2%
Organizational
%
2.4
Silly
.4%
%
14.4
9.4%
.6%
10
13
12.1%
11.7
%
Cultural
Recreational
Unaffiliated
.4%
Geographical
.2
Educational
26 COMMUNITIES INSPIRING LIBRARIES
Ownership
1%
Sexual Orientation
.6%
%
Professional
Community Need Categories by Percentage of Responses per Question
Traits of supportive community (Q2)
Biggest issues in the community (Q4)
Environment
Signs of progress in the community (Q6)
Economic
Basic Infrastructure
Social
0%
10%
20%
30%
40%
50%
60%
70%
A STRATEGIC PLAN FOR EASTSIDE GROWTH 27
TABLE 4
Community Needs Categories and Subcategories
Social
Economic
Environmental
Culture
Basic
Infrastructure
Food
Jobs
Environmental
Health
Safety
Shelter
Wages
Civic
Clothing
Training
Space
Health
Cost of living
Behavior/
attitudes
Education
Consumer
convenience
Wildlife
Open Space
Sanitation
Art/Entertainment
Communications
Religion
Transportation
Relationships
Each response was also assigned to more detailed
subcategories (see Table 4) under the four main
categories. The three most common subcategories of
responses were Behavior/attitudes, Relationships,
and Civic. On the positive side of the spectrum, the
‘behavior/attitudes’ subcategory describes behaviors
like generosity, kindness, and respect, while on the
negative side, it covers deeply rooted social ills like
racism, homophobia, sexism, ageism, and ableism.
Support Networks
By asking participants to list organizations that directly
impact their quality of life, we wanted to understand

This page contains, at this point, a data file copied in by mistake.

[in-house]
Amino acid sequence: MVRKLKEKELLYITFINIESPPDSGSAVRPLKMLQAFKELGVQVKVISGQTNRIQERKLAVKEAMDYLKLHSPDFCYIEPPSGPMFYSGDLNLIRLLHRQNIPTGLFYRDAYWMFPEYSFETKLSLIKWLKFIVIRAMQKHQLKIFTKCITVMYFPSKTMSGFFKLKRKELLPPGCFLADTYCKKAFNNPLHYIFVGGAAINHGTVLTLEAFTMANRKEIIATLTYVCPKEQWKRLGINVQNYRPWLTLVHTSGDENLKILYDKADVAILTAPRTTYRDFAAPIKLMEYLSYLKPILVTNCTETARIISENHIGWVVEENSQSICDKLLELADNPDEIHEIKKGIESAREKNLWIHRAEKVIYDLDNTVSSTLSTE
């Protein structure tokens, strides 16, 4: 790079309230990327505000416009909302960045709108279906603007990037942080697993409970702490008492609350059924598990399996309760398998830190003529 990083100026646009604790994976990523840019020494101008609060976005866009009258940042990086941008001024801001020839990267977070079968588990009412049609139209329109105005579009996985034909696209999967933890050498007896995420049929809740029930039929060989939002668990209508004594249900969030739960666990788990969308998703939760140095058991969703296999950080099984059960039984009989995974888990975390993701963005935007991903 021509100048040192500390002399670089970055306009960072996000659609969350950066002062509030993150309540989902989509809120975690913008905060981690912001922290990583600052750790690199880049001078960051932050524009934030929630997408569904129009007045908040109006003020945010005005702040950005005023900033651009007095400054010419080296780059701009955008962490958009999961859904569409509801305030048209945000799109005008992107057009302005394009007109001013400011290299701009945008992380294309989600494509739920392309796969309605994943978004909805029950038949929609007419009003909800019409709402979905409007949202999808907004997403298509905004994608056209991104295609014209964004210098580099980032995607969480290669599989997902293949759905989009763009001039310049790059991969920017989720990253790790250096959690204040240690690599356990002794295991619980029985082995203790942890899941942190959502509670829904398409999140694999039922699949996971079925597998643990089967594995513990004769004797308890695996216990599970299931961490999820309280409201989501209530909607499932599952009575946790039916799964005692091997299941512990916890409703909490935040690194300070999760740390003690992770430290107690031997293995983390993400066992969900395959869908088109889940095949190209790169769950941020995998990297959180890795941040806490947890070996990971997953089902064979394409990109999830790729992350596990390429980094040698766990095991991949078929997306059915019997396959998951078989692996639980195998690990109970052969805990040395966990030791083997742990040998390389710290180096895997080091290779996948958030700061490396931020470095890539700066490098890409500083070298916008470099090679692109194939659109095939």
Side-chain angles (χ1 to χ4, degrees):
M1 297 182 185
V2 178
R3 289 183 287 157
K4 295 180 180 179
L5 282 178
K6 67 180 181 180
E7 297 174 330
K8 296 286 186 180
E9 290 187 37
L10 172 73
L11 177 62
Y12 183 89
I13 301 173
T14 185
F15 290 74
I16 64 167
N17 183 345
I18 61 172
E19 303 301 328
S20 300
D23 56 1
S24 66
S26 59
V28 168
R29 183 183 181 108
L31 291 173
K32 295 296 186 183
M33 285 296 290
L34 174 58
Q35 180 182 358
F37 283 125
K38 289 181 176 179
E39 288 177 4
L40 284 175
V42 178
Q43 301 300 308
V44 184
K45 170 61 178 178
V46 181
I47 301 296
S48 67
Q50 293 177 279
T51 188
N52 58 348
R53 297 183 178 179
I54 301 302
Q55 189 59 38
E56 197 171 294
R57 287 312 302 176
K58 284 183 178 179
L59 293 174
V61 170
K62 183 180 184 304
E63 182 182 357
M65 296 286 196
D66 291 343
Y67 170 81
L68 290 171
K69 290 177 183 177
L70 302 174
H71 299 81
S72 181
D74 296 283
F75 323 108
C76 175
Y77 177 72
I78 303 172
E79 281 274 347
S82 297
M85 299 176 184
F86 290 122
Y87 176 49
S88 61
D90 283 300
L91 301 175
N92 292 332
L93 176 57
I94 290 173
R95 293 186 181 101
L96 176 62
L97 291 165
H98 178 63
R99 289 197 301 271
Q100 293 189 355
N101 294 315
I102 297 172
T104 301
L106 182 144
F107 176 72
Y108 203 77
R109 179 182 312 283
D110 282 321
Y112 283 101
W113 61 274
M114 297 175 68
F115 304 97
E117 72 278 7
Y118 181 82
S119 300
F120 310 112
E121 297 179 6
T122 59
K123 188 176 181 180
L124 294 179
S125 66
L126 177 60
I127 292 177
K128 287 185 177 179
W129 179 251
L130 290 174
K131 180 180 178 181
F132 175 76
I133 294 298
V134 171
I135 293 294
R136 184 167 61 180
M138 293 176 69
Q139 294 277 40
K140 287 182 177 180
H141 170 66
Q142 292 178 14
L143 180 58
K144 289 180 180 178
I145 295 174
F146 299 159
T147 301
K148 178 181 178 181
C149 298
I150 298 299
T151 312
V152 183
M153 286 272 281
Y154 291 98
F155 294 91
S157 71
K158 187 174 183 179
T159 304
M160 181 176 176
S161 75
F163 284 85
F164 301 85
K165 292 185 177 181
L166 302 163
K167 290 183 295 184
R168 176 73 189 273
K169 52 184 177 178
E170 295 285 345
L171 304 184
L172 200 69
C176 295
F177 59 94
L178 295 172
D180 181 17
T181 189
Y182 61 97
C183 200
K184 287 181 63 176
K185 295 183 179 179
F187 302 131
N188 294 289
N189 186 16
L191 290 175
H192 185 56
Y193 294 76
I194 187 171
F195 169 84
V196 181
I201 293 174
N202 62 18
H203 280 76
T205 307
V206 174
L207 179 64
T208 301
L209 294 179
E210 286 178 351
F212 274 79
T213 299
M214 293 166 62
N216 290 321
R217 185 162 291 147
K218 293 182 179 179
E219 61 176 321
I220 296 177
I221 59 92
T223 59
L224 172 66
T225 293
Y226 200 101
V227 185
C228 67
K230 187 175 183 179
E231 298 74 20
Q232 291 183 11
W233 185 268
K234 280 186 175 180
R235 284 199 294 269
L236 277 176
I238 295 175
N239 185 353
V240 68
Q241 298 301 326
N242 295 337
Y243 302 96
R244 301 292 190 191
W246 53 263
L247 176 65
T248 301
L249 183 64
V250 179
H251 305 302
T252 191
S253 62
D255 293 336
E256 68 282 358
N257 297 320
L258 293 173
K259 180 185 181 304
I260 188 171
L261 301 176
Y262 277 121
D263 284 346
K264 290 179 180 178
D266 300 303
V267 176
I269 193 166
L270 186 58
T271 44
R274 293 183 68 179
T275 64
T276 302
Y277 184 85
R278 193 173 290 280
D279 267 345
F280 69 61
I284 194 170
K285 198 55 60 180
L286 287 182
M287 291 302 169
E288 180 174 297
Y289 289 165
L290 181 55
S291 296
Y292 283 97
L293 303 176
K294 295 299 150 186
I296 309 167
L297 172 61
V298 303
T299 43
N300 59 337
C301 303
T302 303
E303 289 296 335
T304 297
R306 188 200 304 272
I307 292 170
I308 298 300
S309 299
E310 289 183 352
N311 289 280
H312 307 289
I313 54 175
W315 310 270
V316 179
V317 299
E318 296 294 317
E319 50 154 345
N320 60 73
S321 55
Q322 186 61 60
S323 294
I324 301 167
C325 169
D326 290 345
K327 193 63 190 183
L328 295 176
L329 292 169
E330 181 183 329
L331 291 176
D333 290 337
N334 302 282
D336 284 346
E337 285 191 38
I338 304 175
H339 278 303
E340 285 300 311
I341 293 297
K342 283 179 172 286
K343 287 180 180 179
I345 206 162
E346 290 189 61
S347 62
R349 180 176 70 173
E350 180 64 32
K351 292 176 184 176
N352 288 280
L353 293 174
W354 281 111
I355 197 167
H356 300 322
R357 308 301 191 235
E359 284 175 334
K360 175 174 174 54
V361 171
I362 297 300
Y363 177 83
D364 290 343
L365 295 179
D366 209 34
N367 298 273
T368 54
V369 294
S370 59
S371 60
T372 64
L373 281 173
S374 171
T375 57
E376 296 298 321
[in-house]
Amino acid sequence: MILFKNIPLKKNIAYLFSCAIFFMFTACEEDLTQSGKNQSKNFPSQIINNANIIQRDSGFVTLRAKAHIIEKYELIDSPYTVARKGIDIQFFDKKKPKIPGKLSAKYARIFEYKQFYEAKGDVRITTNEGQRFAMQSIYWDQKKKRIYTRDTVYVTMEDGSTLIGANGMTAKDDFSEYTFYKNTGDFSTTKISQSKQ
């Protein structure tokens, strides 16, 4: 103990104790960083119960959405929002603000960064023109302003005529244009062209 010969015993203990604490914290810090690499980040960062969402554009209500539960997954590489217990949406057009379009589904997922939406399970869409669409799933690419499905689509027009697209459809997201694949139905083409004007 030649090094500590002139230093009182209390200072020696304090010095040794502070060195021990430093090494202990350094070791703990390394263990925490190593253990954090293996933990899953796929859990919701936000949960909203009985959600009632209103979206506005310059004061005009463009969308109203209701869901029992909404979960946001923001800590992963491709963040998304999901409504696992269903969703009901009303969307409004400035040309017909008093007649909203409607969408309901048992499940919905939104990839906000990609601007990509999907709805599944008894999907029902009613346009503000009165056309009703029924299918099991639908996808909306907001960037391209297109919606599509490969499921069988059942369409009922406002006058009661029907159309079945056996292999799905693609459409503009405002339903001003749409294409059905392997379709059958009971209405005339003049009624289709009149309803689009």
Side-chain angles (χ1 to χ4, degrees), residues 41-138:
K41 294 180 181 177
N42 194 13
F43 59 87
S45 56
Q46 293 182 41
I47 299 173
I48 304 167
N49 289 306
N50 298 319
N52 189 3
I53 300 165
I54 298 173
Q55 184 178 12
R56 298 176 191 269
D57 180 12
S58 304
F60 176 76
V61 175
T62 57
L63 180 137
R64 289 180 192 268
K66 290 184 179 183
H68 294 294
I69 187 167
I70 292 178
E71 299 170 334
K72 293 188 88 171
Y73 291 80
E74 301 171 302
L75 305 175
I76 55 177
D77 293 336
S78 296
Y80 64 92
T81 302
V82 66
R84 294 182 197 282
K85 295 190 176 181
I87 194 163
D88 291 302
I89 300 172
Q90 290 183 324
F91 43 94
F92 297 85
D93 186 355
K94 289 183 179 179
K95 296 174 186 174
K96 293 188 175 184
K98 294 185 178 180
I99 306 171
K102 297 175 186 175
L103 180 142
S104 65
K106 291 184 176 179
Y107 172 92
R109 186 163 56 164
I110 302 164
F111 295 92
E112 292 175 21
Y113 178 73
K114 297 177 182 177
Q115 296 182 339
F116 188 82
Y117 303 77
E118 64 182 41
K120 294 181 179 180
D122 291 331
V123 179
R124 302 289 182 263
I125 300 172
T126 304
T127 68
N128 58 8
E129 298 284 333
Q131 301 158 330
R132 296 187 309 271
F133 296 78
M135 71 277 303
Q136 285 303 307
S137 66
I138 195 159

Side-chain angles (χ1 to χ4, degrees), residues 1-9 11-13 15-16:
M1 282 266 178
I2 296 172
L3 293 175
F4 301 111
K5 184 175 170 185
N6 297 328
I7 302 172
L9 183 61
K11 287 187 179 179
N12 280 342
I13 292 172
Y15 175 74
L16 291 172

people’s awareness of their community resources and
see to whom they turn on a regular basis.
The responses fell into three main categories of sources:
Personal Networks, Private Organizations, and Public Services. Public services and private organizations
were nearly tied with the number of mentions.
Support Network Categories by Percentage of Responses
Personal Networks
27%
Private Orgs
36%
Public Services
37%
0%
28 COMMUNITIES INSPIRING LIBRARIES
5%
10%
15%
20%
25%
30%
35%
40%
This is noteworthy given the weight of responses in
the “Social” category in questions 2, 4, and 6. This
means that while people identify strong communities and measure progress by their quality of relationships, attitudes, and culture, public services like
health, education, food assistance, parks, emergency
response, and other government functions play the
biggest role in setting our quality of life. Private organizations, such as non-profits, faith-based charities, or
local businesses, are a very close second to filling in
gaps of need.
Lastly, these responses shed some light on the mutual
reliance of community resources. Just as residents rely
on a diverse mix of sources of support, Madison’s
network of public and private service providers work
in tandem whether it is intentional or not. Pursuing
a model of strategic partnerships to deliver services
would have a more profound effect on the community
by serving more people and reflecting local values.
Each response was assigned to more detailed subcategories (listed above) under the three main categories.
The three most common subcategories of responses
were Basic infrastructure (providing items and services listed in the “Community Needs” category of
the same name in questions 2, 4, and 6), Advocacy/
service (i.e. non-profits and charitable organizations),
and Public space. While some elements of basic infrastructure can be provided by private entities, (like
food sold in stores, clothes from a religious charity,
or mental health services from a non-profit provider,
etc.) each subcategory code was assigned according to
the source of the support as identified by the participant. Answers could be assigned more than one
category or subcategory.
TABLE 5